Many young people choose to leave their family homes even if they are not technically orphaned. While only 15% of those surveyed in the HealthRight Ukraine study had no family, many young people spent one or two days on the street two or three times a year, spending the rest of their time in family homes or on government programmes. Roman Yorick of HealthRight Russia presented similar statistics, with only 13.4% of survey participants classed as orphans but most living on the streets two or three nights a week.

Health care providers and organisations working with street youth see several challenges in this work: these young people are often extremely hidden, mobile and seasonal; criminalised; and experiencing psychosocial disorders, according to Skipalska. Many street youth find it difficult to access health and other services because of their marginalised position in society, further perpetuated if they are HIV-positive and coupled with distrust of officials because of harsh treatment by police and other authority figures. “Widespread stigma and social exclusion are at the heart of the epidemic,” says UNICEF Executive Director Anthony Lake. Lack of support within health care settings for young people living on the street and those with HIV is a reflection of the “prejudice and fear of the larger societies”, he says.

Tatiana Smolskaya of the Pasteur Institute notes that young IDUs living on the street are often much more difficult to work with than adult drug users, given their age, lower education levels, social disadvantage, and homelessness. Advocates note Russia and Ukraine’s poor harm reduction programmes, which are especially inaccessible to young people. The absence of a legal definition for 'youth' is also central to many people falling between the cracks: since they are not technically considered either children or adults, they cannot access services targeted at either group.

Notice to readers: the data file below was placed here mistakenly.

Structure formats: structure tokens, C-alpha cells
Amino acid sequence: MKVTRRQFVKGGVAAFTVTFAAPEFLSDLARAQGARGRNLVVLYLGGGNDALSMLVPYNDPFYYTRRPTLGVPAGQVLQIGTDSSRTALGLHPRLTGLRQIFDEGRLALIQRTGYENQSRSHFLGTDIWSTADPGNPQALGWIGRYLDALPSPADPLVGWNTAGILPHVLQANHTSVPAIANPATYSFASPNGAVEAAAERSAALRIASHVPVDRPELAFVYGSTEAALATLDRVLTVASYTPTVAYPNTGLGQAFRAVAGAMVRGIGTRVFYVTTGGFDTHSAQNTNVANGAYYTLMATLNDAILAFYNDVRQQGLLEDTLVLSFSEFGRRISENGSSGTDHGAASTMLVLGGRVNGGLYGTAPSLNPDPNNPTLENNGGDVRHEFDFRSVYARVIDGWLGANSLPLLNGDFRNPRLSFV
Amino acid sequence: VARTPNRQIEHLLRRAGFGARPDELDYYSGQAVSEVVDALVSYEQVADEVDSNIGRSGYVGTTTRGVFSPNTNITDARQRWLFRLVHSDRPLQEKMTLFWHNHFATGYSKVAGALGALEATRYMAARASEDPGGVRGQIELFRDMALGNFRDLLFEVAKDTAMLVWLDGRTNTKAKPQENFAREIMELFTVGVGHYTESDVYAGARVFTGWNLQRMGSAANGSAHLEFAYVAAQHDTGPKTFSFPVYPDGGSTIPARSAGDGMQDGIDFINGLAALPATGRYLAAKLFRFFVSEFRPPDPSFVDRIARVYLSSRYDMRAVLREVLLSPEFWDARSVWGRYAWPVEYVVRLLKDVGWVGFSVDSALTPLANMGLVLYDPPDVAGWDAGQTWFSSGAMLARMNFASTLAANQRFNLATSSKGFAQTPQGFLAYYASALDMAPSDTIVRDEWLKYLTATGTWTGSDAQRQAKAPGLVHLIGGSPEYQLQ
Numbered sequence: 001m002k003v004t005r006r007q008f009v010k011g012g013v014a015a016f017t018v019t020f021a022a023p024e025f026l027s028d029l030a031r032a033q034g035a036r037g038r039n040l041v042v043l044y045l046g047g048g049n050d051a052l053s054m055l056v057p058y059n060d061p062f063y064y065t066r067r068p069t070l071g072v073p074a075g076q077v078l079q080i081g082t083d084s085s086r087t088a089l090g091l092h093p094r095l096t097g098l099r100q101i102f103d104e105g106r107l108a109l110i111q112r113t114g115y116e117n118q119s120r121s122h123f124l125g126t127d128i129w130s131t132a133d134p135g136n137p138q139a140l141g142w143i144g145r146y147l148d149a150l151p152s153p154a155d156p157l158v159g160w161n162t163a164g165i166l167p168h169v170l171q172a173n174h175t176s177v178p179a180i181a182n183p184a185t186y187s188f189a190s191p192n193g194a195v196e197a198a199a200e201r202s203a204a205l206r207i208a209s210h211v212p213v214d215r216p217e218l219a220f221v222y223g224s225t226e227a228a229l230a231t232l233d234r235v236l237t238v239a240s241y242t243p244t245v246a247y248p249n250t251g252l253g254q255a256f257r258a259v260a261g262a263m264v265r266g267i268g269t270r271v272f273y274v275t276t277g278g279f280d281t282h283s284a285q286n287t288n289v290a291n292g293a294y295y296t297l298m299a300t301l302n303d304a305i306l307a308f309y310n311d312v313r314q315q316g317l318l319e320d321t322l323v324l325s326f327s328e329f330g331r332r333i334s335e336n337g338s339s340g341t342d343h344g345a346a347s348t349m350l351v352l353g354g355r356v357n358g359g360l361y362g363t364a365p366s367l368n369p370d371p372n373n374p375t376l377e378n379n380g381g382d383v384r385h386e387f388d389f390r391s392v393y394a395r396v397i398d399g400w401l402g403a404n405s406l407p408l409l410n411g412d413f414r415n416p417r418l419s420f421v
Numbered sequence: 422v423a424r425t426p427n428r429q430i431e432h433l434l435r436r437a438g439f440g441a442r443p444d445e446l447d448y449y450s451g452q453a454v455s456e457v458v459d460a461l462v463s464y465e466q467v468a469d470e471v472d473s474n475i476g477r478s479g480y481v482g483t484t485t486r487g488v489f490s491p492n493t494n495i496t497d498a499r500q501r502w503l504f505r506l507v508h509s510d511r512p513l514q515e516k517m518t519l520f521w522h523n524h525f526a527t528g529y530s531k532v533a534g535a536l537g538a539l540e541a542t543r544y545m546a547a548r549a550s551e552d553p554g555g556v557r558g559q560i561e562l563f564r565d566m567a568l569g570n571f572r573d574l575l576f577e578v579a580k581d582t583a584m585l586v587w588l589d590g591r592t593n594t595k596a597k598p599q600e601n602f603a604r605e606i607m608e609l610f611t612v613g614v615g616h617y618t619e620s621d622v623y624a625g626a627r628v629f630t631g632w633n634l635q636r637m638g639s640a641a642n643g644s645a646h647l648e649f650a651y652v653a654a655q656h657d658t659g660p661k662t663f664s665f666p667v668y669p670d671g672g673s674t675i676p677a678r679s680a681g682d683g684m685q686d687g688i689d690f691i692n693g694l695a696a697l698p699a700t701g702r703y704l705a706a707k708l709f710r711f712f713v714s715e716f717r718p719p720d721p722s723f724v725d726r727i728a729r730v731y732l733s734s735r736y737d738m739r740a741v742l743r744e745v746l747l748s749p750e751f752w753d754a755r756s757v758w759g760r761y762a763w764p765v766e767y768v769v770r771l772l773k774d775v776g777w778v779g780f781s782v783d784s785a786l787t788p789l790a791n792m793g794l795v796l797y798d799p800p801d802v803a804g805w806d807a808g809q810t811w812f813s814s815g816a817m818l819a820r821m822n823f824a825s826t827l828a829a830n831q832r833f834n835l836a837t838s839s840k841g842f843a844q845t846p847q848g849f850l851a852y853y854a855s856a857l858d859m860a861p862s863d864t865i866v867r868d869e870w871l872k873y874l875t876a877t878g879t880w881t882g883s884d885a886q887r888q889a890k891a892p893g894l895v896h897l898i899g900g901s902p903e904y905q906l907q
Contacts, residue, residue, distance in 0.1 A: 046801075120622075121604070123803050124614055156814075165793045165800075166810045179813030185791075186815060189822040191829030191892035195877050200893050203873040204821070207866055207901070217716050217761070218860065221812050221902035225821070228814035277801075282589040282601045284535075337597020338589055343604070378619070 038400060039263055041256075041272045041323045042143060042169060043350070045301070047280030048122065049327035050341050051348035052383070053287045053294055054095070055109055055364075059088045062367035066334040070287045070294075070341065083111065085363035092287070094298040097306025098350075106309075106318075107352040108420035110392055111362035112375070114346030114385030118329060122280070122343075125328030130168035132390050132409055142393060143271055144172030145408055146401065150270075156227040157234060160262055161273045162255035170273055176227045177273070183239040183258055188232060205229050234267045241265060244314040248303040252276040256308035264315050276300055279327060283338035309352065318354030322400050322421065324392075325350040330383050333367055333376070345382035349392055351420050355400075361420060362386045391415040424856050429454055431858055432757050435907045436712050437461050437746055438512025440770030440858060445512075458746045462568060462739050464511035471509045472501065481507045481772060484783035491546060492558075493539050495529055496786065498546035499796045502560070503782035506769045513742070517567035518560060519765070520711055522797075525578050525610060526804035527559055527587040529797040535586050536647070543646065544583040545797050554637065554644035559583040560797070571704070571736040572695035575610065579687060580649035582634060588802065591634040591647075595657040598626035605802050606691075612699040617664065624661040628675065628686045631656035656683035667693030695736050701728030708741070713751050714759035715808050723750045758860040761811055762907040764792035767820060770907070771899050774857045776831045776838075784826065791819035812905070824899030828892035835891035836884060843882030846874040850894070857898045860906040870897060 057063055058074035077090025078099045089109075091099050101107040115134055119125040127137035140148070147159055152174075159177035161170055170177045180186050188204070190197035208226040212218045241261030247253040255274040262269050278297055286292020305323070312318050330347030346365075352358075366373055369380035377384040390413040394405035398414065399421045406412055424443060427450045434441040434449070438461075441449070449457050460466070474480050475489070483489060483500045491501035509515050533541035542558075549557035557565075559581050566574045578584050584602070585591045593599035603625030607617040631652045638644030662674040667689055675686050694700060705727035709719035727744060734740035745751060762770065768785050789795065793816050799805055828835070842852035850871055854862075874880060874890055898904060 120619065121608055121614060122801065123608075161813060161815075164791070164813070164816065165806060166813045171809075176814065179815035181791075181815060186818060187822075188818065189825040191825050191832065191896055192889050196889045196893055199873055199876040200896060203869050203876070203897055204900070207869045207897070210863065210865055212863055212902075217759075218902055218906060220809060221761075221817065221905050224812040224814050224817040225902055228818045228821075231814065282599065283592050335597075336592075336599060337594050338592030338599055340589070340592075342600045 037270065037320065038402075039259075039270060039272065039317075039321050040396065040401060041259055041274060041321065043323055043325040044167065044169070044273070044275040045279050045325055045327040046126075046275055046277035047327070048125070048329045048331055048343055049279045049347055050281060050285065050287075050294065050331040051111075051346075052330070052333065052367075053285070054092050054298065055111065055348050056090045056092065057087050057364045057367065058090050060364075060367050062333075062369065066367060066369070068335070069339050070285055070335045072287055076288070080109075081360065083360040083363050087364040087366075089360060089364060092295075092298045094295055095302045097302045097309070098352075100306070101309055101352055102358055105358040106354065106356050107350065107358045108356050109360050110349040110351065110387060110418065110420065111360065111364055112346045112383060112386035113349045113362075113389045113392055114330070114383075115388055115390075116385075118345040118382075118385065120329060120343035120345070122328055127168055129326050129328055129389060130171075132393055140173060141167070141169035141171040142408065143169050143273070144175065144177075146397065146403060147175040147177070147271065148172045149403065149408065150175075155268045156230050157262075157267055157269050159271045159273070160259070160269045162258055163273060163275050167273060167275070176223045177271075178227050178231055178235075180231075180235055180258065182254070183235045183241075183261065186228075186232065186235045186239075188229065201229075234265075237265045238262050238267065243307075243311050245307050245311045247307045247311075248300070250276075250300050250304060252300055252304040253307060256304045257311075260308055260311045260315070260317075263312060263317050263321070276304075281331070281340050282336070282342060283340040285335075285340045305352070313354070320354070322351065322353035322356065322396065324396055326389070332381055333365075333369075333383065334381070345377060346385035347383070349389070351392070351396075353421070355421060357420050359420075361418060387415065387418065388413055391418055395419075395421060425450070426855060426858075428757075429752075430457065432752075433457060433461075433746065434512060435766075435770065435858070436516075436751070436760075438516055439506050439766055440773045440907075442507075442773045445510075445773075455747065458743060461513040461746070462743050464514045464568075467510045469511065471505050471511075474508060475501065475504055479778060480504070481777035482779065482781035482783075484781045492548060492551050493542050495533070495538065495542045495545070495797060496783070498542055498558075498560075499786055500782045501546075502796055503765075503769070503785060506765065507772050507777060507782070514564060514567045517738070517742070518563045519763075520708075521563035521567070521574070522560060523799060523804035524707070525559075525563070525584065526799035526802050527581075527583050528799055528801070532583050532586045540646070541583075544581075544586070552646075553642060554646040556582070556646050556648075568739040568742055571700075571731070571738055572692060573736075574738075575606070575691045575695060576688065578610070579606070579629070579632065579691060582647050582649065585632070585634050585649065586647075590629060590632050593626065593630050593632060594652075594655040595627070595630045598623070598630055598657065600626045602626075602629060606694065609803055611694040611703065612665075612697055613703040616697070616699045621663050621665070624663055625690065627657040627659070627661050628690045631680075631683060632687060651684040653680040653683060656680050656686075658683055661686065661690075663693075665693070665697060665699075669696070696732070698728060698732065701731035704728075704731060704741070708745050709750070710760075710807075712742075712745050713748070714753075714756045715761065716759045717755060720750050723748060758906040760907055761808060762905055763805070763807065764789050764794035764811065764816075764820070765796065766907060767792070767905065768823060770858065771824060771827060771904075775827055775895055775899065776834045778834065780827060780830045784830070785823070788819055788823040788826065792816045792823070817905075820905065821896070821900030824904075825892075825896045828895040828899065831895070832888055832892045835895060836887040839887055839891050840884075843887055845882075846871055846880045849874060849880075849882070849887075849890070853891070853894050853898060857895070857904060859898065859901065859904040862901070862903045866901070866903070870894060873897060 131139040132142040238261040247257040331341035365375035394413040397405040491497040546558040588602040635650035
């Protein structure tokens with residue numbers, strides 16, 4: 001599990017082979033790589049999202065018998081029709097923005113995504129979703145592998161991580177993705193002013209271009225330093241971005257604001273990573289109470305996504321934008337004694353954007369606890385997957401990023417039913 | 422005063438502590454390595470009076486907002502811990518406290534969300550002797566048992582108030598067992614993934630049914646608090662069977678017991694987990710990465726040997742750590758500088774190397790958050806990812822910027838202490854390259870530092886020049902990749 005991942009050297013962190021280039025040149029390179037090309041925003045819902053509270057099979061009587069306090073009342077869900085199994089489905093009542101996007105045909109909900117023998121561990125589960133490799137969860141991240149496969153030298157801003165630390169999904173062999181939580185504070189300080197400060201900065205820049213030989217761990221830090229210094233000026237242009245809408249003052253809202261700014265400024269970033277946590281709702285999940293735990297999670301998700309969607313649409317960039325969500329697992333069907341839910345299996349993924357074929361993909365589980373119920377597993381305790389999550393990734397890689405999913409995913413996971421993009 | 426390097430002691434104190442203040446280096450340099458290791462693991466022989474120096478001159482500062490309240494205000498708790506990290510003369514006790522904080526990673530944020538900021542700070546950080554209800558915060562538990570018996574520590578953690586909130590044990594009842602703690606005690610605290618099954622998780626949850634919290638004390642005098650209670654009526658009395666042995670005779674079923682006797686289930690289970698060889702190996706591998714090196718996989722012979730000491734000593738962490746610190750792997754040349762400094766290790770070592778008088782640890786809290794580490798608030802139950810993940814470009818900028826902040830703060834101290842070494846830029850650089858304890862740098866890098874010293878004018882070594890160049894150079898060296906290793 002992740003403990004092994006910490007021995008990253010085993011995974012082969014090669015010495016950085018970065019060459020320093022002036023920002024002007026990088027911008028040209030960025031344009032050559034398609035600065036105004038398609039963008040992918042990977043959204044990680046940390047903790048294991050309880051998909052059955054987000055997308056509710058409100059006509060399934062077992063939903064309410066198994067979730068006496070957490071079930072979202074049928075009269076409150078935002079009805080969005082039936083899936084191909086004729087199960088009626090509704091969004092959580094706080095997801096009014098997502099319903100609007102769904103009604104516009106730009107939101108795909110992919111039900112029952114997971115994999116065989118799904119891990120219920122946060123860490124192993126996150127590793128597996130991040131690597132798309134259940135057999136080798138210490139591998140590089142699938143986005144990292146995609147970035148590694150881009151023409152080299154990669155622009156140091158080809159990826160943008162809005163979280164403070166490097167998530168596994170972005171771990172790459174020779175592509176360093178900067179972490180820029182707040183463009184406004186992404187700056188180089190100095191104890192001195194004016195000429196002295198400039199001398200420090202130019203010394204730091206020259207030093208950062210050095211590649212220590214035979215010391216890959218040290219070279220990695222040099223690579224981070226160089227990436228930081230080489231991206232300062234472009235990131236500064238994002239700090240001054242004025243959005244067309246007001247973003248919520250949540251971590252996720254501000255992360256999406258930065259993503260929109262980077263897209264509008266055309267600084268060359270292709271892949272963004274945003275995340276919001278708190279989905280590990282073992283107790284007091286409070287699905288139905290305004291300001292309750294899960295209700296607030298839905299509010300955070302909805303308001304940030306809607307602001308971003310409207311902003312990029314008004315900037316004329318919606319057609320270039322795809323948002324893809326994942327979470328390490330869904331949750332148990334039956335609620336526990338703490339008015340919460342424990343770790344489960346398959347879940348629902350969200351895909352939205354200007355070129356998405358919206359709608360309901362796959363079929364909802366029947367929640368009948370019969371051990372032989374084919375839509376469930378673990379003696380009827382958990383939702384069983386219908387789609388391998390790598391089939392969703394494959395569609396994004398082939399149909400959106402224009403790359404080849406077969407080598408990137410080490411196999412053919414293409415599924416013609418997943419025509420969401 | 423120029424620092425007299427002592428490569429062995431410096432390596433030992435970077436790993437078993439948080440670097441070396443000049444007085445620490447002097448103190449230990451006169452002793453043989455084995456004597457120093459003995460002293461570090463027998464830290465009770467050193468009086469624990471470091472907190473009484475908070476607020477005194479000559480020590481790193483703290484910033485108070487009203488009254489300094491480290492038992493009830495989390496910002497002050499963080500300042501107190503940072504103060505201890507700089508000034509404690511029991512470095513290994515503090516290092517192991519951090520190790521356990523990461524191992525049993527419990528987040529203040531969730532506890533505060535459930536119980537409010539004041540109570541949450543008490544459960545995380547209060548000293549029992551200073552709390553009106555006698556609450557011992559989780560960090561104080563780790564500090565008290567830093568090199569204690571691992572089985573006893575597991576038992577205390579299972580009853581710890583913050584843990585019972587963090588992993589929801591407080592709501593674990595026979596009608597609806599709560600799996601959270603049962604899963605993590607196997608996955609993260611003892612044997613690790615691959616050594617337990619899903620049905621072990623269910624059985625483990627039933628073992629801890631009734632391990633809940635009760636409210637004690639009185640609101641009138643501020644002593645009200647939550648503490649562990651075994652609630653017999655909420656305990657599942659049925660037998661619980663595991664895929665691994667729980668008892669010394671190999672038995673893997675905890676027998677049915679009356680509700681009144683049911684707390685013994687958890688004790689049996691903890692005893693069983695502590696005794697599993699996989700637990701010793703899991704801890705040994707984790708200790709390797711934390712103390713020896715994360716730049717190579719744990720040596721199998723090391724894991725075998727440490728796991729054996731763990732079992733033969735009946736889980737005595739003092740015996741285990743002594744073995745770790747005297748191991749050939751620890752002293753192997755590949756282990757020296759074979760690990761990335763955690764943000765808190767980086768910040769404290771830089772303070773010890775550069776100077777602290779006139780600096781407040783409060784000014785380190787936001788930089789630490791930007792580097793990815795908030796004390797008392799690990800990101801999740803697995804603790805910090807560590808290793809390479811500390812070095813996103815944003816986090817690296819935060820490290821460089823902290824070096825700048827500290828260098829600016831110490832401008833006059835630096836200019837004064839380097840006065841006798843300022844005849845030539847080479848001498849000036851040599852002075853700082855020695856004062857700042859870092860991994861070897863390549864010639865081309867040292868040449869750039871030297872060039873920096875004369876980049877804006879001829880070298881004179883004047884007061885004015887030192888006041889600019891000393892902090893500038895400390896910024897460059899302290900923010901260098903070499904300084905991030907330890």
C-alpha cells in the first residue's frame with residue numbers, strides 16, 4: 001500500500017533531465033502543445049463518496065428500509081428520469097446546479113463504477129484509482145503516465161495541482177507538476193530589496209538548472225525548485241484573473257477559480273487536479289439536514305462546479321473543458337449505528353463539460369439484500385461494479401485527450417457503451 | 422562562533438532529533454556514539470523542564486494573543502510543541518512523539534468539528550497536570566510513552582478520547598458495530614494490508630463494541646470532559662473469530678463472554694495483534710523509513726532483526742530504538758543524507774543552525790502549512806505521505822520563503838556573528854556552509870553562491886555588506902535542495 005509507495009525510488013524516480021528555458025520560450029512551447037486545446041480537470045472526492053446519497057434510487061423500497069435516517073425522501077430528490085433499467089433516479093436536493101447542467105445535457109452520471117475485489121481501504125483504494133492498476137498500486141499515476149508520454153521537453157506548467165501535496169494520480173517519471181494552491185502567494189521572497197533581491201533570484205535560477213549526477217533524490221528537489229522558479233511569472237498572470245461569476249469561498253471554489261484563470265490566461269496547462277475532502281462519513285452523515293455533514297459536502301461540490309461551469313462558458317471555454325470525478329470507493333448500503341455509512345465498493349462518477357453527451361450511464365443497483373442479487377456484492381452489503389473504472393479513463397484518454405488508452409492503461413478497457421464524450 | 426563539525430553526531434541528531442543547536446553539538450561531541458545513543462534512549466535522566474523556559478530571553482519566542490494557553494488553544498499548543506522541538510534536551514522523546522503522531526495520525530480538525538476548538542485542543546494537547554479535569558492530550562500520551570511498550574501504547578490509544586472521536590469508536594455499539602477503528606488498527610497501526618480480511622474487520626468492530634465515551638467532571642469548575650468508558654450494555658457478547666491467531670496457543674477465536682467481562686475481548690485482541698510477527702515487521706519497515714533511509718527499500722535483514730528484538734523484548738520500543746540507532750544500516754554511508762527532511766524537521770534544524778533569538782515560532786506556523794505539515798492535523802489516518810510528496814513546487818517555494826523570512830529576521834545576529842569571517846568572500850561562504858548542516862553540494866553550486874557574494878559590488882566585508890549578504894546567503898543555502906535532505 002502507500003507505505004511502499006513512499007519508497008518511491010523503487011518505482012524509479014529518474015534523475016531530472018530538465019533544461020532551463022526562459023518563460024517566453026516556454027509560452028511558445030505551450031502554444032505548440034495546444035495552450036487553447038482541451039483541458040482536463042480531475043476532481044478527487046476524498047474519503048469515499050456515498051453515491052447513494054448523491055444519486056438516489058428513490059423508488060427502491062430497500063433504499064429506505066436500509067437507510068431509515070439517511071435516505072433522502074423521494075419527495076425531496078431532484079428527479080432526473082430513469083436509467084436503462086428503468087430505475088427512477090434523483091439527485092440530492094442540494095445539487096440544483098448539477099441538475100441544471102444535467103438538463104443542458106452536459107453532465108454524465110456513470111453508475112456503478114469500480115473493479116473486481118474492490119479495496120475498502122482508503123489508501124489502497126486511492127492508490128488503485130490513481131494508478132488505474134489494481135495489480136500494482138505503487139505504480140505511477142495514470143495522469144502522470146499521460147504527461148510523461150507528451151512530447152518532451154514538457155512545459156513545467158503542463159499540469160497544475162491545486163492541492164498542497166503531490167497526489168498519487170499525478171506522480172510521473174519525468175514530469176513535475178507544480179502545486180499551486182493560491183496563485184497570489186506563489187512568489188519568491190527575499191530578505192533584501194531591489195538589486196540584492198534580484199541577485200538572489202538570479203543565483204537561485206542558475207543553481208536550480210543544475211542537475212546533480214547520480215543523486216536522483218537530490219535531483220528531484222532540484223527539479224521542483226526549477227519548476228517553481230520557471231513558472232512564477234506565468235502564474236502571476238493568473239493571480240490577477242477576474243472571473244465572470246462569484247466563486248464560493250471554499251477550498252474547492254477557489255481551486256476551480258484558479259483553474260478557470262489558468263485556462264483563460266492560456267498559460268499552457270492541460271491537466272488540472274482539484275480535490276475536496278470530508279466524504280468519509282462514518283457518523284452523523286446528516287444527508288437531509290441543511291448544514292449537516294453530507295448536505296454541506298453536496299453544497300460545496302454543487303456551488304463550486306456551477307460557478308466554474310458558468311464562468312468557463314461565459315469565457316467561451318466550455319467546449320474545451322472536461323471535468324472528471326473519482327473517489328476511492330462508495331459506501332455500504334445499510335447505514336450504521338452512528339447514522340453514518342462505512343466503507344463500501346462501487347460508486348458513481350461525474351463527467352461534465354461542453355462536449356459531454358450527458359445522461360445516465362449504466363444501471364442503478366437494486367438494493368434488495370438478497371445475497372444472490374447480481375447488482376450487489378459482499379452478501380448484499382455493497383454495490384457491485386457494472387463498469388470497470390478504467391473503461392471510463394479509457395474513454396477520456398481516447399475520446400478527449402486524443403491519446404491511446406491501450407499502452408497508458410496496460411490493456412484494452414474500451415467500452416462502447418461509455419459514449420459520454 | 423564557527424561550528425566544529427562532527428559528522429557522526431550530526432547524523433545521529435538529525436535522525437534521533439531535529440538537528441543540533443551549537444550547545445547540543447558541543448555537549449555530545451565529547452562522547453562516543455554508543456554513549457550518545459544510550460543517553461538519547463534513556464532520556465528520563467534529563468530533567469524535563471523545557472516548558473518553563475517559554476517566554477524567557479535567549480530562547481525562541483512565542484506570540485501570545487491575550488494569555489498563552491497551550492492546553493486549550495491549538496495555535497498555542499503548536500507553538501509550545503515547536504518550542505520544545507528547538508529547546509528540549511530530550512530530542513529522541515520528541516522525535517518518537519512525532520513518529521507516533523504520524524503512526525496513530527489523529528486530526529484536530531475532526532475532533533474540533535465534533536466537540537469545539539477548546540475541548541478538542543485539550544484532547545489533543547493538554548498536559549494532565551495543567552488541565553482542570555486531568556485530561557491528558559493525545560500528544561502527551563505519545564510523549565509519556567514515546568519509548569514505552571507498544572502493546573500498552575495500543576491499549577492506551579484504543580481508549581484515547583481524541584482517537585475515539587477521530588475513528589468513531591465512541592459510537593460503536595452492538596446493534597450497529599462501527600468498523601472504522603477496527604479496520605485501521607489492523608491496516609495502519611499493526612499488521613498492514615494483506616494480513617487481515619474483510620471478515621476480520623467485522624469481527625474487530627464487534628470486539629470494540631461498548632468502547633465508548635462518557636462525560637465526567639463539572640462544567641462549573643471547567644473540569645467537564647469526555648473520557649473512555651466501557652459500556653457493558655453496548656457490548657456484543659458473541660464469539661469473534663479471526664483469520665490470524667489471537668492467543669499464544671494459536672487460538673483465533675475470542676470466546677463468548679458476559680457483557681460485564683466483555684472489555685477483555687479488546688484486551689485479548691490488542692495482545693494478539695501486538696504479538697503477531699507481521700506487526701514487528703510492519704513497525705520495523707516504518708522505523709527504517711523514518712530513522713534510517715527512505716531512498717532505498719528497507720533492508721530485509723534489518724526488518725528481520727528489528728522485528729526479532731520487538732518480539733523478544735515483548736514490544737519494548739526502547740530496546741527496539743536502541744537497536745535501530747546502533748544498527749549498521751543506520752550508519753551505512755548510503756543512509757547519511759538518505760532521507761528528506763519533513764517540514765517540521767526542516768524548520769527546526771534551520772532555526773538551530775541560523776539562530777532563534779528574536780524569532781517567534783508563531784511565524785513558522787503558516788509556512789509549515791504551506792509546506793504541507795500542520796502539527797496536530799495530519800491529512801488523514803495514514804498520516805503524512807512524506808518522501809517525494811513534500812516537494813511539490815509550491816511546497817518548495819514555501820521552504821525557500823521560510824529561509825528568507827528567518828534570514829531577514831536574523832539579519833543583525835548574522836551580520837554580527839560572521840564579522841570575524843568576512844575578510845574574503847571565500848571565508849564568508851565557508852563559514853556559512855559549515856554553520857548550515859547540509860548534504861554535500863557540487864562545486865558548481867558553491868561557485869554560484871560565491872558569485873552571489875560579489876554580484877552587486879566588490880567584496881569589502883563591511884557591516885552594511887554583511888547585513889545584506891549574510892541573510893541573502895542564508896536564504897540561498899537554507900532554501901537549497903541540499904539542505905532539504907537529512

Organisations are beginning to use innovative approaches to combat HIV within this population. HealthRight Russia implemented a peer education programme called STEPS, with young people voluntarily attending peer education classes focusing on sexual health, harm reduction, social support, and HIV prevention. Participants in the HealthRight Ukraine incidence survey were offered access to services, HIV treatment, drug rehabilitation programmes, and substitution treatment: over 68% of them received comprehensive support and social, medical, and psychological services.

Regardless of the many challenges presented when working with street youth, Skipalska notes, “street…youth can be reached with HIV prevention, testing, and support services,” especially through community-based approaches. Both UNICEF and UNAIDS have pledged that this issue will “become central to global action,” according to Michel Sidibé, UNAIDS Executive Director.


Please note: Information on presentation titles currently unavailable. We hope to include comprehensive information soon.

Nizova, Nataliia. Director of the Ukrainian AIDS Centre, Ukraine Ministry of Health.

Skipalska, Halyna. Country Director for Ukraine, HealthRight International.

Smolskaya, Tatiana. Director, North-West Regional AIDS Centre, Pasteur Institute St. Petersburg.

UNICEF Blame and banishment: The underground HIV epidemic affecting children in Eastern Europe and Central Asia. 2010.

Yorick, Roman. Regional Director for Russia,  HealthRight International.